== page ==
Pfc. Bradley Manning's conviction yesterday for violations of the Espionage Act and theft of government property was inevitable the moment his defense settled on a position of moral righteousness, rather than a denial of the specific actions, as the best way to achieve an acquittal.
Fair enough. Army prosecutors had him dead to rights as the leaker of a trove of classified diplomatic cables and military battlefield reports from Iraq and Afghanistan. So from the position of the defense, an argument that it was someone else was never going to fly after hacker Adrian Lamo dobbed him in with incriminating online chats.
But the outrage of many antisecrecy activists and fellow travelers over the conviction (Manning was acquitted on the most serious and frankly absurd charges of "aiding the enemy") isn't that the wrong man has been tried. It's that the US government, and particularly the US Army, are punishing him for revealing secrets he was sworn to protect. In the view of his supporters, the secrets themselves are the crime, not the man who revealed them.
Mr. Assange referred to what he calls a system of "information apartheid" in which agents of the "deep state" provide access to information to a select group of insiders, leaving the majority of the people as second-class citizens. "We have a situation now that young people like Edward Snowden (and Manning)... don't like that. They don't accept that, that the US Constitution can be violated, that international human rights norms can be violated, that this system of information apartheid can exist."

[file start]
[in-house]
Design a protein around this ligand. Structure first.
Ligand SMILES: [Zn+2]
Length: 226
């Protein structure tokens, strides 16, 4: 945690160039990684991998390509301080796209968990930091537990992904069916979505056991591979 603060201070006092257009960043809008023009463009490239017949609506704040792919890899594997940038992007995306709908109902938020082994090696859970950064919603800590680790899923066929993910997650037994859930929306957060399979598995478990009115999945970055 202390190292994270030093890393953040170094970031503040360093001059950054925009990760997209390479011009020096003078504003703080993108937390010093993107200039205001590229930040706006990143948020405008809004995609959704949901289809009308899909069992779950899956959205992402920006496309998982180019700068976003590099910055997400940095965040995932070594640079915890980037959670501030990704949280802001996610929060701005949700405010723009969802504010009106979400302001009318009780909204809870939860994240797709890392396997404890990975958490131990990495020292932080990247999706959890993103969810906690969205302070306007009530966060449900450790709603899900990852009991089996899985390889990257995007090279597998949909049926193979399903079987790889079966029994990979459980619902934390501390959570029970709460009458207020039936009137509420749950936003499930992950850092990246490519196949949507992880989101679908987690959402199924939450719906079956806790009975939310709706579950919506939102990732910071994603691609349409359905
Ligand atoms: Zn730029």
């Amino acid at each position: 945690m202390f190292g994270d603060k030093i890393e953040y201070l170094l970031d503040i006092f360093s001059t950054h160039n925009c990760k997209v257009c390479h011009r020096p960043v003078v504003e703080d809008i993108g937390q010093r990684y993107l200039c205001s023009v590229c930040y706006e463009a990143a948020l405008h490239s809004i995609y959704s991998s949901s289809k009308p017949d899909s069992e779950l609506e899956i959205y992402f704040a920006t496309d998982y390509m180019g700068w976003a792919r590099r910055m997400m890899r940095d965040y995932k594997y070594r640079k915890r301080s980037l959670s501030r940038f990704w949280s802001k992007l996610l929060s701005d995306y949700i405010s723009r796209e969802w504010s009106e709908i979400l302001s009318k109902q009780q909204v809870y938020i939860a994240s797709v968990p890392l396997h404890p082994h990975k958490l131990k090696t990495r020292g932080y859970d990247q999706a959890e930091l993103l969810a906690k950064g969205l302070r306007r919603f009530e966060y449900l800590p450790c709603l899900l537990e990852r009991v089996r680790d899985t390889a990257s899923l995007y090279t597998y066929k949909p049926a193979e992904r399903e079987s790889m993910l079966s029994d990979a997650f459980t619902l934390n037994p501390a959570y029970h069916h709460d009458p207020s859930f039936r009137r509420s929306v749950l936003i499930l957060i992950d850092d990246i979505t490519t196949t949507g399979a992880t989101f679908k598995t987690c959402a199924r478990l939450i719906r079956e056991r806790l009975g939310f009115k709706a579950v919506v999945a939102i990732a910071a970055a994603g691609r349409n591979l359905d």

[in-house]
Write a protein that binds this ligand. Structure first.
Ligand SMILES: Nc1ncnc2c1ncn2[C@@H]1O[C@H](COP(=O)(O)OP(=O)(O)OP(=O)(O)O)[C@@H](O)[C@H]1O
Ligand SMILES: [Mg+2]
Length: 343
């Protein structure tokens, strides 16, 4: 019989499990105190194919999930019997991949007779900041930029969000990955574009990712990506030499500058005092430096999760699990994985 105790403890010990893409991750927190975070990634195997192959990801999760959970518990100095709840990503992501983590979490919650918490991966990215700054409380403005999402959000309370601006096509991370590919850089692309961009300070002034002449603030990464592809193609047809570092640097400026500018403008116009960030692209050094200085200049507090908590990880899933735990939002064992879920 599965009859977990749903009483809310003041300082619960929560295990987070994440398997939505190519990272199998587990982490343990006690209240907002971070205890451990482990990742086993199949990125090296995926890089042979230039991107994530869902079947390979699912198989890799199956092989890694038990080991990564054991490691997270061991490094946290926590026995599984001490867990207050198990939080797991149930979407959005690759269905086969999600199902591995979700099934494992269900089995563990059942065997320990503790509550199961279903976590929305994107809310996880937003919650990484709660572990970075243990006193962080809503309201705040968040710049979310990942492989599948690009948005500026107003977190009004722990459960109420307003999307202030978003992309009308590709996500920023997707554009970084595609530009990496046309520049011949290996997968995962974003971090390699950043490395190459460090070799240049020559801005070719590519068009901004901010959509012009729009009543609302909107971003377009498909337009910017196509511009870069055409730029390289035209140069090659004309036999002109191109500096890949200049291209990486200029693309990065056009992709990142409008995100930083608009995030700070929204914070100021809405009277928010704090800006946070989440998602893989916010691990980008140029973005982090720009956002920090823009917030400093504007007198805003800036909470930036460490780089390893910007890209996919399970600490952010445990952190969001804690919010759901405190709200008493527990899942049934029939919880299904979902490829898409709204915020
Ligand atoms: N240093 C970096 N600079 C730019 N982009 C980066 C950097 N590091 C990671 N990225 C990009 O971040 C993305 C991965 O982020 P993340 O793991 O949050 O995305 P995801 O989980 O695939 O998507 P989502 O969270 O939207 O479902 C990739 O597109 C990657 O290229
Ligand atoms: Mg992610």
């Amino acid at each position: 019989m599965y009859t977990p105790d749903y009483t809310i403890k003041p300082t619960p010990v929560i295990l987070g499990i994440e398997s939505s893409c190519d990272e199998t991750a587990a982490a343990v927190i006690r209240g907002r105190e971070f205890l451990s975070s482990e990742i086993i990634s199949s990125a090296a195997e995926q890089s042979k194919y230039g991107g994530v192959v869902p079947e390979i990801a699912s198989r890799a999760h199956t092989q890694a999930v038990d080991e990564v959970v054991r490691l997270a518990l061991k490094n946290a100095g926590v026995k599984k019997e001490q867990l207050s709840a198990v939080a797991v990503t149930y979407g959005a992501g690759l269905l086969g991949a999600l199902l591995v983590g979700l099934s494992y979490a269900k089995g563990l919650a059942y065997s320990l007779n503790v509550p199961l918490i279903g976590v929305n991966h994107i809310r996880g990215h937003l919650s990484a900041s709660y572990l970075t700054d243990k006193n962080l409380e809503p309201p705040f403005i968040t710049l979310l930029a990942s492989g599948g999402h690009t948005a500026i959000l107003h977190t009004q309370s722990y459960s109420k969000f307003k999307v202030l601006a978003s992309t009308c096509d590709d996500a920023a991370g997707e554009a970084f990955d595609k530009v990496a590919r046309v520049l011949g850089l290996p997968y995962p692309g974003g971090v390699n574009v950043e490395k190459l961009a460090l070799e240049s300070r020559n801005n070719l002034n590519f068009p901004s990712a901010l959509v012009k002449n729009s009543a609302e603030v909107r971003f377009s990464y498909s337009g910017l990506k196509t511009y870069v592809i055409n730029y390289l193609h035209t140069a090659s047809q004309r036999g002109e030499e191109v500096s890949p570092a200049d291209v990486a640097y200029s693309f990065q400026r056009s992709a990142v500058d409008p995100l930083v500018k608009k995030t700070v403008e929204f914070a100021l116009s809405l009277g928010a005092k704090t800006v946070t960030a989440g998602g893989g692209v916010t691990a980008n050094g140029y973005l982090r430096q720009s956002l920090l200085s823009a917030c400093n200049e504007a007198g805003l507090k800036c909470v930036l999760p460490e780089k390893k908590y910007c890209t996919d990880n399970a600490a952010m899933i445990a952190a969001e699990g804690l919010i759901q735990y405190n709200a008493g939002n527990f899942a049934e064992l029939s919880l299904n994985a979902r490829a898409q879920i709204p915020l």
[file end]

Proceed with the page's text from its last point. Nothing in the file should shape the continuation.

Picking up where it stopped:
"At the very minimum I think he could have been charged with mishandling classified information," Assange continued. "Of course, I think he should be acquitted of such a charge because under the First Amendment and a number of other obligations we all have he should be free to break one obligation to fulfill another, the higher obligations of exposing crimes and satisfying the Constitution."
Snowden is the leaker of National Security Agency information, primarily to Glenn Greenwald at The Guardian, that has invigorated a dormant debate in the US about the extent and appropriateness of US government surveillance. There are legitimate concerns that some of the NSA programs he disclosed violate the US Constitution's Fourth Amendment on unreasonable search and seizure (both the ACLU and the Electronic Frontier Foundation are pursuing constitutional challenges to NSA activities revealed by Snowden).
But in the case of Manning, it's not clear that anything was revealed in his leaks beyond the horrors of war and reams of fairly routine diplomatic collection and reporting. The First Amendment, which guarantees free speech in the US? It doesn't now and never has protected soldiers or anyone else who violate their oaths. Human rights norms? Well, in the view of Assange and the many people who agree with him, it does appear that the mere existence of secrecy is some kind of human rights violation. It's an extreme pose, a blend of libertarianism and anarchism, that has grown in popularity of late, particularly among the young and computer savvy, and a position that Manning appears to hold.
In May 2010, Manning told Lamo, shortly before Lamo turned him in to the authorities, that he'd provided documents to Wikileaks because "it belongs in the public domain. Information should be free."
That's an echo of Stewart Brand's comment in the early 1980s that "information wants to be free" that has been taken up by a variety of anarchist and techo-utopian cliques who oppose secrecy. Manning clearly thinks he was doing a public good - everything that's known about him points to a purity of motive, a troubled young man disturbed by the reality of war. And to supporters like Assange, he's a hero. As Assange said this morning: "Bradley Manning is a martyr... Manning is being put into a position quite unjustly where he's facing 136 years that brings disrepute upon the United State's government and its system of judgement."